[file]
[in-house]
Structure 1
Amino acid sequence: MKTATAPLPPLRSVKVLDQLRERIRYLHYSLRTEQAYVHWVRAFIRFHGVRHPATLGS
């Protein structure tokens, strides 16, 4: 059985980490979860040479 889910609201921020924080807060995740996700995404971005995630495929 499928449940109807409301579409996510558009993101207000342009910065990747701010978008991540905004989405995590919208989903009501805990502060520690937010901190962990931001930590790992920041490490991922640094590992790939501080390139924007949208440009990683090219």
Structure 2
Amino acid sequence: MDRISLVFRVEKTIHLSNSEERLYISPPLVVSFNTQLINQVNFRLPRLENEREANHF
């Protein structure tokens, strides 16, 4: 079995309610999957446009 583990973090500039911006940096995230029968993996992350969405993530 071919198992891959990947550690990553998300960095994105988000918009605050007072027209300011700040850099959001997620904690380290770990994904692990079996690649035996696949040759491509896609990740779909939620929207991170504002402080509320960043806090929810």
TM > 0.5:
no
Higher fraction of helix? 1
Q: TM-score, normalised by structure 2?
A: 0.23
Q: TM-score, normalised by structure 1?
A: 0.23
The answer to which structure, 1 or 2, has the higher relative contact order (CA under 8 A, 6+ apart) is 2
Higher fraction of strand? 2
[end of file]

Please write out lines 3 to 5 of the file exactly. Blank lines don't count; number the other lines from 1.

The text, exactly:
Amino acid sequence: MKTATAPLPPLRSVKVLDQLRERIRYLHYSLRTEQAYVHWVRAFIRFHGVRHPATLGS
């Protein structure tokens, strides 16, 4: 059985980490979860040479 889910609201921020924080807060995740996700995404971005995630495929 499928449940109807409301579409996510558009993101207000342009910065990747701010978008991540905004989405995590919208989903009501805990502060520690937010901190962990931001930590790992920041490490991922640094590992790939501080390139924007949208440009990683090219």
Structure 2